Last month, we introduced you to nine acclaimed authors who call South Florida their home, at least part-time. But that was just a small sampling. South Florida boats a tribe of critically acclaimed scribes living anywhere from the Florida Keys to Palm Beach County. Below are seven folks who are building on the tradition of hometown heroes like Dave Barry and Carl Hiaasen (who actually now lives just a little bit further north in Vero Beach.)
Laureano Marquez, a popular Venezuelan writer and political satirist, says he is always opposed to the government in power. "The mission of humor is to show the people that things can be better," he says.
Venezuelan author Romulo Gallegos (1884-1969), circa 1950.
Credit Pedro Valdes
Marcela Valdes was a founder of Críticas, the English-language magazine devoted to Spanish-language books. She is now serving her second term on the board of directors of the National Book Critics Circle.
Marcela Valdes is the books editor of The Washington Examiner and a specialist in Latin American literature and culture.
For more than 40 years, the most important book prize in South America has been bankrolled by the region's most famous petro-nation: Venezuela. Yet Venezuelan novelists themselves rank among the least read and translated writers in the entire continent. Over and over again as I worked on this article, I stumped editors and translators with a simple question: Who are Venezuela's best novelists?
04/09/13 - Tuesday's Topical Currents begins with Paul Shapiro of the Humane Society of the United States. The society urges a reduction or elimination of meat-based diets, for both health and ethical reasons. Many school districts add more fruits and veggies in lunchroom fare, and offer “Meatless Mondays.” Miami-Dade & Broward schools are participants.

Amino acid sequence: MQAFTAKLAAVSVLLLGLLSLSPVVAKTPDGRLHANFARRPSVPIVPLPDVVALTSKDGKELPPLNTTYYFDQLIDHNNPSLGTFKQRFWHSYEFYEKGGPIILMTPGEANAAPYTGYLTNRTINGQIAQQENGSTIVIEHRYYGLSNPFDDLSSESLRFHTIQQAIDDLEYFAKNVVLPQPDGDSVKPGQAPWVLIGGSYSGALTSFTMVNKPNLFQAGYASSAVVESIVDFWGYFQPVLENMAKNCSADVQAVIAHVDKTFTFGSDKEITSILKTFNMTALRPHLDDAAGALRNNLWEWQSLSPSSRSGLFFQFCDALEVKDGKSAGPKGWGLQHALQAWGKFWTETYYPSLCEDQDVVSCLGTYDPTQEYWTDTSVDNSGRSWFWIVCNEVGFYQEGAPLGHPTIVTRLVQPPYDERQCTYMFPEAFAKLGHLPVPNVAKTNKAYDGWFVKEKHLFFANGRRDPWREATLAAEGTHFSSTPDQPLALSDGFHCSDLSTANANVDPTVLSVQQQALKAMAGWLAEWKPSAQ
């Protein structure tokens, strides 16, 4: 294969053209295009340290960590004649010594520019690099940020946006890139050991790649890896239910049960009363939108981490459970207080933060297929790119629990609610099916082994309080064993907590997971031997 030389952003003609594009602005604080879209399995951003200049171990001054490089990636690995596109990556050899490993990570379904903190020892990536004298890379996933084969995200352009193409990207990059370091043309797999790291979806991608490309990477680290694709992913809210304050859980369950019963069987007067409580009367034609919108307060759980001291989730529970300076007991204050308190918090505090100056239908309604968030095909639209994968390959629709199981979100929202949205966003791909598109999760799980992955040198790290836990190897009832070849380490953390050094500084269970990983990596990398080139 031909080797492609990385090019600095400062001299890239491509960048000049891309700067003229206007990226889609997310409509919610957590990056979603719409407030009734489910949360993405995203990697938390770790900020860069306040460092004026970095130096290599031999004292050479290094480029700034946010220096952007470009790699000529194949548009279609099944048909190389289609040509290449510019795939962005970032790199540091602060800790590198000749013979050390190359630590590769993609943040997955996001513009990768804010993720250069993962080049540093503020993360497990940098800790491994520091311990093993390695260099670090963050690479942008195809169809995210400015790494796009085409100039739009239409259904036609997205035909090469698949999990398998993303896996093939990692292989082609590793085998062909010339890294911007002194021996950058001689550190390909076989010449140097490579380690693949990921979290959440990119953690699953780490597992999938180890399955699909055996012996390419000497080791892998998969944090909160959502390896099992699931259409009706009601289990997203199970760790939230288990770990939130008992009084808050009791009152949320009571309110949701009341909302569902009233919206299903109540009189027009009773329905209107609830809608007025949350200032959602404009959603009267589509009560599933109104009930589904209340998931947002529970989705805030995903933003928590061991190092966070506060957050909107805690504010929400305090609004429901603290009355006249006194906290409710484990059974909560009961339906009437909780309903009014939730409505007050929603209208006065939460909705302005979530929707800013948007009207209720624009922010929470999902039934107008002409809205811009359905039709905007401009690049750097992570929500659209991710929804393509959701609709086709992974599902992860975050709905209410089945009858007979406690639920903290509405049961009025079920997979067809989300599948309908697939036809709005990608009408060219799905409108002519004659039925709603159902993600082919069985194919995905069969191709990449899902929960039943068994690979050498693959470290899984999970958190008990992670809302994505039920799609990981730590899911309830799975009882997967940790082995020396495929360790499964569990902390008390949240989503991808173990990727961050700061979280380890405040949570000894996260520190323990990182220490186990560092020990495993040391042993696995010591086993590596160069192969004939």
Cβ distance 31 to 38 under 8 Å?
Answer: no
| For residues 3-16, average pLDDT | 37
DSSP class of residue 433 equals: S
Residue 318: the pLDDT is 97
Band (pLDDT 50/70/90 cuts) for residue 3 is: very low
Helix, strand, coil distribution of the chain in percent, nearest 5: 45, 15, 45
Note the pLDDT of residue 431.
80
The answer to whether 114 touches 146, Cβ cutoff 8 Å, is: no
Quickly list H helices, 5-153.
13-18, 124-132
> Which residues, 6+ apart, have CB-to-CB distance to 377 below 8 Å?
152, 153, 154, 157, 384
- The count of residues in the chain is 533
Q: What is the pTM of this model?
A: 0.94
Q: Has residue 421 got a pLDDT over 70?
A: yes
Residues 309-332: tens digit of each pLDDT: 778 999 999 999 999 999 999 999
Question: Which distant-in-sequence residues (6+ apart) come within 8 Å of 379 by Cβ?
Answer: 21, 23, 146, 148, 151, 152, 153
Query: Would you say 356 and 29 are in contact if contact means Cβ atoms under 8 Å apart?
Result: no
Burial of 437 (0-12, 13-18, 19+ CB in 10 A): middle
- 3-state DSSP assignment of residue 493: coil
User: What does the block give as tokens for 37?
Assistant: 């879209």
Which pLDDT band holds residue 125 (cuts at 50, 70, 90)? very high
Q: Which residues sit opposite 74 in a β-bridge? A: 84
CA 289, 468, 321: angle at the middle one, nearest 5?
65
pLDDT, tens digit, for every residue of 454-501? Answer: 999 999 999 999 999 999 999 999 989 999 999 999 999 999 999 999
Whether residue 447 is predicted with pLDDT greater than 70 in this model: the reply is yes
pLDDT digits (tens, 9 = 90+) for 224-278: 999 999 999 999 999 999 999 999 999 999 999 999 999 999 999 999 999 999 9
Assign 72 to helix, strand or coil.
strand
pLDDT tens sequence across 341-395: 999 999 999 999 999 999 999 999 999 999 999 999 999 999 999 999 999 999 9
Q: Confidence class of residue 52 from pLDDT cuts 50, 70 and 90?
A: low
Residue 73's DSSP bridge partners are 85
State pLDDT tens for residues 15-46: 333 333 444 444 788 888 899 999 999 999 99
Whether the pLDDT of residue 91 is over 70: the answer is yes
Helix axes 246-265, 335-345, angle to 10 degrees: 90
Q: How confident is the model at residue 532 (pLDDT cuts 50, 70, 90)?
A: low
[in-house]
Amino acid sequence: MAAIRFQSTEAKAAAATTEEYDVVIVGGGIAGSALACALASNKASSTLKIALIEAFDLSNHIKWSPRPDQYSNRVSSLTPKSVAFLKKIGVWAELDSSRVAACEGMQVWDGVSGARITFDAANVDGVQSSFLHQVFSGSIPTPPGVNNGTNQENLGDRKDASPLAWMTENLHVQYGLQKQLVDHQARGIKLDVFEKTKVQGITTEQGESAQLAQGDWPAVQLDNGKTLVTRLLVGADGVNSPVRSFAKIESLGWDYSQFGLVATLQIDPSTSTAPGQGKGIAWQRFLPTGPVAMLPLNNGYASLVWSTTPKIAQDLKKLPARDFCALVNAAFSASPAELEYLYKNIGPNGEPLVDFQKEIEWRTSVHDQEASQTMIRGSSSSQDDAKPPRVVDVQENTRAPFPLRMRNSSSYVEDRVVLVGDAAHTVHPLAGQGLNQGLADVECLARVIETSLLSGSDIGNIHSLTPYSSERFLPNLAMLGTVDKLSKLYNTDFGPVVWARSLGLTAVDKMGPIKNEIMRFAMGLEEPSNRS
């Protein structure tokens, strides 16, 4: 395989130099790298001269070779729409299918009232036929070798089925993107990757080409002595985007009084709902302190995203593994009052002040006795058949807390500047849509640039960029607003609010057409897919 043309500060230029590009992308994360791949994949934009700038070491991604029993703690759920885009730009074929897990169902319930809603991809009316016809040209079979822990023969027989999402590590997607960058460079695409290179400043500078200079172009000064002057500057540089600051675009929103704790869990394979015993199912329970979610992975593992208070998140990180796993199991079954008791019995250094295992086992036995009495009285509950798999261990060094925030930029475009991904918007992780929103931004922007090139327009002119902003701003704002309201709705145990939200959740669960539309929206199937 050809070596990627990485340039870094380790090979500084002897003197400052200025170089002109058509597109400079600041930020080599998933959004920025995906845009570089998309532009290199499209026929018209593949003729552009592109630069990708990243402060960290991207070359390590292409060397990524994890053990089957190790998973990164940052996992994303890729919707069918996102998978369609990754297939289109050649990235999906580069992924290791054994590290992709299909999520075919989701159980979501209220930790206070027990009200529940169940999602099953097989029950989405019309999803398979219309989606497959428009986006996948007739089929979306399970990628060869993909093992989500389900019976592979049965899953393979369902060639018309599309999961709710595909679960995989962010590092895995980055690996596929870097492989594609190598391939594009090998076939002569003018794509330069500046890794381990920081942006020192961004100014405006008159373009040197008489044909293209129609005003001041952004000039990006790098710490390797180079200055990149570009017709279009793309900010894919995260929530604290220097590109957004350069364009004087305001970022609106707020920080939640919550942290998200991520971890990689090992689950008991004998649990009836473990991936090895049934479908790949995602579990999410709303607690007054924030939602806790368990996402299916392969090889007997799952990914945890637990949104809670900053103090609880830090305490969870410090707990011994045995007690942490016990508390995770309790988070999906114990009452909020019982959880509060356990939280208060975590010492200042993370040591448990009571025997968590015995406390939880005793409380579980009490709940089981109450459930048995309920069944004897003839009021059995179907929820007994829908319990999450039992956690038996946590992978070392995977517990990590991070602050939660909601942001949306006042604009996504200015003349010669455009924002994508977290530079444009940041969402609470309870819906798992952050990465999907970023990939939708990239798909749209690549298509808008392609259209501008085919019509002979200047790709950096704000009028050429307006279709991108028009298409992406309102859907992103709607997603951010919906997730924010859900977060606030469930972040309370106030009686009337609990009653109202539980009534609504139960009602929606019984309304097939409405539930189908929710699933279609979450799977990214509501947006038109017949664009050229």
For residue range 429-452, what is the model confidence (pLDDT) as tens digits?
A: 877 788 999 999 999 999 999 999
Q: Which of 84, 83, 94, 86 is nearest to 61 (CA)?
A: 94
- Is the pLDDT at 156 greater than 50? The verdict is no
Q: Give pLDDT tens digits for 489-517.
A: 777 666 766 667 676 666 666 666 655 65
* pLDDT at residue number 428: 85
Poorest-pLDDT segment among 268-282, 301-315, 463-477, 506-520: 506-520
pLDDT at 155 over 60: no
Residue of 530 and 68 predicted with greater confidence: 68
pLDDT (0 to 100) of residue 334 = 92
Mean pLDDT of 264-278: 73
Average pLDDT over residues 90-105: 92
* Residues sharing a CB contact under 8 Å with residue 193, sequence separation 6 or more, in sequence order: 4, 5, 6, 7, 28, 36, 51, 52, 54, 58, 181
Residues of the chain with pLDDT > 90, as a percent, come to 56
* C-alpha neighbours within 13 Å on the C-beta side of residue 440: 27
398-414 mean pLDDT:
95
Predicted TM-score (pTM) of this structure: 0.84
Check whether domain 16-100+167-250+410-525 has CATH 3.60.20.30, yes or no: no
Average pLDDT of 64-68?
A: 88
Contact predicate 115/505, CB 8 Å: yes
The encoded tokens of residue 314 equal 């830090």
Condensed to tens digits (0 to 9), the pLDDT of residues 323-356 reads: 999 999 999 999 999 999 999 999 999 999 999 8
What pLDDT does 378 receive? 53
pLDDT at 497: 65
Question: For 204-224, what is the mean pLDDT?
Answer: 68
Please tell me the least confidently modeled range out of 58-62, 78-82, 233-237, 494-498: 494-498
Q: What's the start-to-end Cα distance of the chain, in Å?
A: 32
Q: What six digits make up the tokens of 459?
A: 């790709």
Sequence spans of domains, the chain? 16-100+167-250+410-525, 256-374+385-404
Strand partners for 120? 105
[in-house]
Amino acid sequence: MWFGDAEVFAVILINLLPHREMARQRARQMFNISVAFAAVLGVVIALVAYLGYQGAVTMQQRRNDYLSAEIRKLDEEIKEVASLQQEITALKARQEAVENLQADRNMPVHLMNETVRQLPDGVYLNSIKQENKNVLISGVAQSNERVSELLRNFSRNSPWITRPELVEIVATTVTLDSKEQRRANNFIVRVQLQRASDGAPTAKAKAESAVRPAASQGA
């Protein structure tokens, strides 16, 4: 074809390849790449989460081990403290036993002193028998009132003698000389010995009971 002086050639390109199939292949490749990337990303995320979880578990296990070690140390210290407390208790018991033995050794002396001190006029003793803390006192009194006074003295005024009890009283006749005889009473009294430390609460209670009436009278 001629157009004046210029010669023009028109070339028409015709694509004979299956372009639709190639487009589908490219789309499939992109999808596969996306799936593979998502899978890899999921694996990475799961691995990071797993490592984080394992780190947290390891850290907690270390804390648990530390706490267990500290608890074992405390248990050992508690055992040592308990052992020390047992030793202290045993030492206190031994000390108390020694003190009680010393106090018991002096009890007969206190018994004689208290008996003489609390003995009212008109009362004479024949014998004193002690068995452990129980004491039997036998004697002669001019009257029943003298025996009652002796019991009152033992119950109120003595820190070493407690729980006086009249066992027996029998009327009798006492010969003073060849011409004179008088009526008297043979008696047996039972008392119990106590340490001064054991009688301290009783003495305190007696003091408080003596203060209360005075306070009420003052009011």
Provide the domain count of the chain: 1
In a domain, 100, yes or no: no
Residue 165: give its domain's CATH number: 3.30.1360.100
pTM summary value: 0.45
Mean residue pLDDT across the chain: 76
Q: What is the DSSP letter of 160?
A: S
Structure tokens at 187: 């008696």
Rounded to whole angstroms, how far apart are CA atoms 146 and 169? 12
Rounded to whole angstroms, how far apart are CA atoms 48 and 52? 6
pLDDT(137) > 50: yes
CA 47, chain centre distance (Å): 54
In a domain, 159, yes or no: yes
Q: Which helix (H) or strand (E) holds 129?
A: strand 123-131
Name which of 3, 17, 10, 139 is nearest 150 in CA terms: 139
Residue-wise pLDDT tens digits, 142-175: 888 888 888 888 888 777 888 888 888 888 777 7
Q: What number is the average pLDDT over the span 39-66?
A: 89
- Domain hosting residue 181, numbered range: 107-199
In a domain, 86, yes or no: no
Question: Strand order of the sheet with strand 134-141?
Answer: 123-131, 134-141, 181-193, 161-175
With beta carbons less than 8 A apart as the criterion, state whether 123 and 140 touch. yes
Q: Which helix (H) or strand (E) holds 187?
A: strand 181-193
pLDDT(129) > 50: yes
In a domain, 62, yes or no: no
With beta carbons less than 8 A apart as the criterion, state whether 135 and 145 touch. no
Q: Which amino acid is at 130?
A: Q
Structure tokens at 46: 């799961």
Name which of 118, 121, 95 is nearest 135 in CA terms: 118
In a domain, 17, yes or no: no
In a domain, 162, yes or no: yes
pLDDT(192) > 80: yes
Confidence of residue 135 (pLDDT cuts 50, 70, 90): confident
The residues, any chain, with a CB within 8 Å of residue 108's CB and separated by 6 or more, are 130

South Florida may not exactly have the brainiest reputation -- but those of us in the area's intellectual trenches know that it's not all beach bimbos here. In fact, the pleasant weather and peaceful shoreline vistas may well be making the population collectively smarter.
The announcement that a Miami-raised son of Cuban immigrants has been chosen as the inaugural poet for President Obama's swearing-in ceremony is causing a stir throughout South Florida. And nowhere more than in our region's literary community.
In 1993, a young civil engineer named Richard Blanco wanted to try his hand at writing poetry. So he took a class at Florida International University, led by English Professor Campbell McGrath.
More than a quarter of a century after Tom Wolfe's novel The Bonfire of the Vanities looked at race relations, class divisions, greed and ambition in New York City, the influential writer has shifted his focus to the Magic City.
On his recent trip to Miami, Wolfe sat down to chat with WLRN-Miami Herald News features editor Alicia Zuckerman about his new novel, Back to Blood.